The U.S. oil stocks raised sharply this week, especially crude oil inventories jumped more than 15 million barrels, the Energy Information Administration informed.
Crude inventories rose by 15,2 million barrels, specifically in the week of December 2, to a total of 503,2 million barrels; according to the agency, this is the most dramatic build since April, when the covid-19 pandemic was at its peak.
The increase met with the contrasting expectancy of market watchers and oil investors of a 14 million barrels drop. Despite of this, oil prices had a rally this Wednesday and rose near to the $50 per barrel mark.
As we reported previously, Brent gained 51 cents, 1% and closed at $49,35 per barrel, while the West Texas Intermediate climbed 51 cents, also 1%, to $49,35. A significant gain compared to the misstep of last Monday.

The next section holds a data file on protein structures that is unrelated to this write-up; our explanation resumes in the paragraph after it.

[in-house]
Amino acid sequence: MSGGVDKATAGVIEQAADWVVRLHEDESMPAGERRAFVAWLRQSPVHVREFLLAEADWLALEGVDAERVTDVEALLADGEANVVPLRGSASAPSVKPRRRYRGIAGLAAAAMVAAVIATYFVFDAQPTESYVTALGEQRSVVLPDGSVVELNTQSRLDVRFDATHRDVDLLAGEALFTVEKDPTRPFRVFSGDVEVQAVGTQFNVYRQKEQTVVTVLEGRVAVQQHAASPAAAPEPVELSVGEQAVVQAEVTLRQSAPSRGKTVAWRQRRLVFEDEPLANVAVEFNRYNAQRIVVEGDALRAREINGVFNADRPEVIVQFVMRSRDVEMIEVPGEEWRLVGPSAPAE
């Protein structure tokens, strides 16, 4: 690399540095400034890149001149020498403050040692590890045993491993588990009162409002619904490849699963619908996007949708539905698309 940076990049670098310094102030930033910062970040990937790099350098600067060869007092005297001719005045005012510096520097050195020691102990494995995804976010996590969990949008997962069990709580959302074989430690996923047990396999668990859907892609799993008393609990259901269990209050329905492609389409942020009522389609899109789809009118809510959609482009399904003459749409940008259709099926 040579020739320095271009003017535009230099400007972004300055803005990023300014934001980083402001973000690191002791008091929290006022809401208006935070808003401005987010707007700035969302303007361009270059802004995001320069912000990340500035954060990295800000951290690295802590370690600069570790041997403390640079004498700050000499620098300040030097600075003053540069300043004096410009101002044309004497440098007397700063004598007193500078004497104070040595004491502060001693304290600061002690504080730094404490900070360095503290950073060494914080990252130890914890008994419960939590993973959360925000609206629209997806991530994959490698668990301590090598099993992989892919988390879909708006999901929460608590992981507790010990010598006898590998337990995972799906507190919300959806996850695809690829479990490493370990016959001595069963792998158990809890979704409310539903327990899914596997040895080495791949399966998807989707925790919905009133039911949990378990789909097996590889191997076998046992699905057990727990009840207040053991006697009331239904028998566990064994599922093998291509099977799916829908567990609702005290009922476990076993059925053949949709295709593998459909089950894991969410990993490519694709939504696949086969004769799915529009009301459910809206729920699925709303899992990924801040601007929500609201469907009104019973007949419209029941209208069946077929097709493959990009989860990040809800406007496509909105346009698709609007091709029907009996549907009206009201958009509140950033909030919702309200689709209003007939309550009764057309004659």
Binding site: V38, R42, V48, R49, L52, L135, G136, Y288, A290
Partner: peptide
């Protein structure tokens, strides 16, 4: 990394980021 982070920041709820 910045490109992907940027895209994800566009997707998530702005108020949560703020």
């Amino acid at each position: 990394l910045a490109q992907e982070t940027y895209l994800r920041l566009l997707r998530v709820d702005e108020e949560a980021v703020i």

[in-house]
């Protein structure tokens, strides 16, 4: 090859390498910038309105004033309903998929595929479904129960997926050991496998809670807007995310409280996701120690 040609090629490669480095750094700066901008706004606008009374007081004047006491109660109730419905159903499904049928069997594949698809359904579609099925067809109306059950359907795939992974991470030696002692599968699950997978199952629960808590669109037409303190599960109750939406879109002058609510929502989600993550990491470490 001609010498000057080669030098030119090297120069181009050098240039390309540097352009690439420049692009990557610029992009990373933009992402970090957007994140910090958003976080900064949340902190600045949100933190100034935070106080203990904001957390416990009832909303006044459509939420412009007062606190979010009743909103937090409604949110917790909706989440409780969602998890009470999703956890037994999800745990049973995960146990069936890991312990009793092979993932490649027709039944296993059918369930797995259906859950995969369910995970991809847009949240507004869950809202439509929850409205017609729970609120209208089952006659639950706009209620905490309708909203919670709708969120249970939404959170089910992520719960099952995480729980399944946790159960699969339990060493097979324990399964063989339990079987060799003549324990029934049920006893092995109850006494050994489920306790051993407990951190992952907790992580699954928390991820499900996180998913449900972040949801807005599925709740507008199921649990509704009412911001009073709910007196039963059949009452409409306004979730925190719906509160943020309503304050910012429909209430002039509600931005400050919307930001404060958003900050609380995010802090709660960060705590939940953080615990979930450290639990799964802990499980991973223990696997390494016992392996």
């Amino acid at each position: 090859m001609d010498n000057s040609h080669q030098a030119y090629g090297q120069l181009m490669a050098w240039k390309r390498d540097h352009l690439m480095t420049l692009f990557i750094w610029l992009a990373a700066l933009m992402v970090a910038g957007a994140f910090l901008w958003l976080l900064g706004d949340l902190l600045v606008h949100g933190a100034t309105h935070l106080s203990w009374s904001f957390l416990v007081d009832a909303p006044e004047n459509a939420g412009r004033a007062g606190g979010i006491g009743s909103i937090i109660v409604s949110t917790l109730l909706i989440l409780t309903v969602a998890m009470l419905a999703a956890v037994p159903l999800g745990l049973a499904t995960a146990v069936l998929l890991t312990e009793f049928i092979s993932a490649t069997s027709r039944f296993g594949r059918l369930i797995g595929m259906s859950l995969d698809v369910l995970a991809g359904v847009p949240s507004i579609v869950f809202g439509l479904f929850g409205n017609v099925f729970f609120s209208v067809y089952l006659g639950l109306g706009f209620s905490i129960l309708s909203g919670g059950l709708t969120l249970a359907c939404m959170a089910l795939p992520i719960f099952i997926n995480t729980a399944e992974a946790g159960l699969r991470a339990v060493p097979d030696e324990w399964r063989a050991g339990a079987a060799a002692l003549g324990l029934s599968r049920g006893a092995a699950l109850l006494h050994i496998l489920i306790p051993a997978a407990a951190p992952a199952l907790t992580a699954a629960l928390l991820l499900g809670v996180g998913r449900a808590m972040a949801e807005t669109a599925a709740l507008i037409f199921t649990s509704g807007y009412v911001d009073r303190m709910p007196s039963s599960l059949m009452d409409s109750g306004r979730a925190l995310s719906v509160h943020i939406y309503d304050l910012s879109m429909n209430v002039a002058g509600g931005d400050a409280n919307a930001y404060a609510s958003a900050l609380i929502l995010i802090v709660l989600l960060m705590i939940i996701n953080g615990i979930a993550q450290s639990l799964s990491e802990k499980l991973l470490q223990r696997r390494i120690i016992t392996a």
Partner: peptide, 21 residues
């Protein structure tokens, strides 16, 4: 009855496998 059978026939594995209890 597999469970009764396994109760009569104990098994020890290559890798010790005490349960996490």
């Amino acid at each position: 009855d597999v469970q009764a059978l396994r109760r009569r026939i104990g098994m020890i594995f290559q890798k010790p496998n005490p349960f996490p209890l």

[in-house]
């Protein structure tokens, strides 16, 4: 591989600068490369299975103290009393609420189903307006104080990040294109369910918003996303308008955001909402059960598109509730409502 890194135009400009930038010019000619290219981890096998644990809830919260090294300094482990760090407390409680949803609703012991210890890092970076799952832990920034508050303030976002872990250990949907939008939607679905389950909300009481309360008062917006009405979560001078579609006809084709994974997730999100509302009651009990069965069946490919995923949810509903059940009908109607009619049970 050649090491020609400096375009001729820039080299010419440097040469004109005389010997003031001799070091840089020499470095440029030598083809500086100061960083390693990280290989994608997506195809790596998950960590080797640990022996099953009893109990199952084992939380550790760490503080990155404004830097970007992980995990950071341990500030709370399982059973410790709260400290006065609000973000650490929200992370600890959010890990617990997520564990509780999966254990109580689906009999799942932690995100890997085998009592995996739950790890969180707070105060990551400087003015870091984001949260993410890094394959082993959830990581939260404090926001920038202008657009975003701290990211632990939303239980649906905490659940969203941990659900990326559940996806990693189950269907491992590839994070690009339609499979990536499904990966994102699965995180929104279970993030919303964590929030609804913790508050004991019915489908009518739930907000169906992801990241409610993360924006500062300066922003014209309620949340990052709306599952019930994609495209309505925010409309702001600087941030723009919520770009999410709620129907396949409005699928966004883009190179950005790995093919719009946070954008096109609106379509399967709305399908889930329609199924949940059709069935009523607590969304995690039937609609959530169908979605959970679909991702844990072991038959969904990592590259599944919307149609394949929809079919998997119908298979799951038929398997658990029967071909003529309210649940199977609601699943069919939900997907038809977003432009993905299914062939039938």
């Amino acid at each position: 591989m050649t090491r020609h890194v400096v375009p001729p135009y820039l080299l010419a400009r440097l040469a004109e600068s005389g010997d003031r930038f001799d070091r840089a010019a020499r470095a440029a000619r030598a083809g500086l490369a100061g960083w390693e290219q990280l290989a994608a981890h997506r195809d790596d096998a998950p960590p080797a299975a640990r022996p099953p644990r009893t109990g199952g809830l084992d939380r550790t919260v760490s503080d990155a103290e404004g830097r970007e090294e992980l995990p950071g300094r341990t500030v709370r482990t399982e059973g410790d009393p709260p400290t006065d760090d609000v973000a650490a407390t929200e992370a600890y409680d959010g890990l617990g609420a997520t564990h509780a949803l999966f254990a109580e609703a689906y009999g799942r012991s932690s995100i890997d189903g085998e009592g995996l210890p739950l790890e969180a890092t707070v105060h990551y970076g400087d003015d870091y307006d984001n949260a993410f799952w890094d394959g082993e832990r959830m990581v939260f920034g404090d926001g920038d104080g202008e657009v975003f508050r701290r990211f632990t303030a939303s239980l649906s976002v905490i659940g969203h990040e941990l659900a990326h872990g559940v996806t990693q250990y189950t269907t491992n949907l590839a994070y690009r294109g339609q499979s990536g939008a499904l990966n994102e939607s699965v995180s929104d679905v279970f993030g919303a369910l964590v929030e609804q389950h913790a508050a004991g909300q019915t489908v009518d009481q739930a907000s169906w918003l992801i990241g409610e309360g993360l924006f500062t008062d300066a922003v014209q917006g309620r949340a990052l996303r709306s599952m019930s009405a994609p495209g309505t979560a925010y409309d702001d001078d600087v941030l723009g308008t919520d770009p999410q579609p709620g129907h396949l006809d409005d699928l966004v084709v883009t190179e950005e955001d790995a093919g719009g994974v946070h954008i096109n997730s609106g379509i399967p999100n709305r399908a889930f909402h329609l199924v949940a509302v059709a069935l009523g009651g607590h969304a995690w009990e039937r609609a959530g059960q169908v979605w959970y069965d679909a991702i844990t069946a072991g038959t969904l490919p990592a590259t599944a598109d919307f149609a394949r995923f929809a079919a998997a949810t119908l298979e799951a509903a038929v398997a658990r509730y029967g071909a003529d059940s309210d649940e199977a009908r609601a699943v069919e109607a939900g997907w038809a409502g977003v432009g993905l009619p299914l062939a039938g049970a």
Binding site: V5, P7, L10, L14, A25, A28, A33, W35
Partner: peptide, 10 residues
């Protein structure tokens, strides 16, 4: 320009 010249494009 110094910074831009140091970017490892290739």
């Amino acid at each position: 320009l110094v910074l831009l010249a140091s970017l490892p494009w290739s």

Gasoline and distillate stockpiles also marked an increase. Gasoline stocks rose by 4,2 million barrels in that same week, to a total of 237,9 million barrels, the agency reported. Also, in contrast with investors’ expectations of an only 2,3 million barrels rise.
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Factors for the stocks behavior
Distillate stocks, including diesel and heating oil, on the other hand, rose by 5,2 million barrels, to a total of 151,1 million barrels, against expectations for only a 1,4-million-barrel build.
This market behavior is explained by a weakened dollar, and in increase in risk appetite by investors, as the vaccine news floods investors moods with hopes for a speedy recovery in oil demand.
Nevertheless, new covid-19 cases surging all across the U.S., Europe and Asia, have governments at alarm and worsening social distancing measures. In the U.S. specifically, California is already living under a strict lockdown.
Other factor for this behavior is the rise in oil imports by the U.S., as reported by Reuters. Imports of crude oil rose by 2,7 million barrels a day. “That boosted U.S. Gulf Coast stocks up 11.8 million barrels, most in one week ever,” the news media agency says.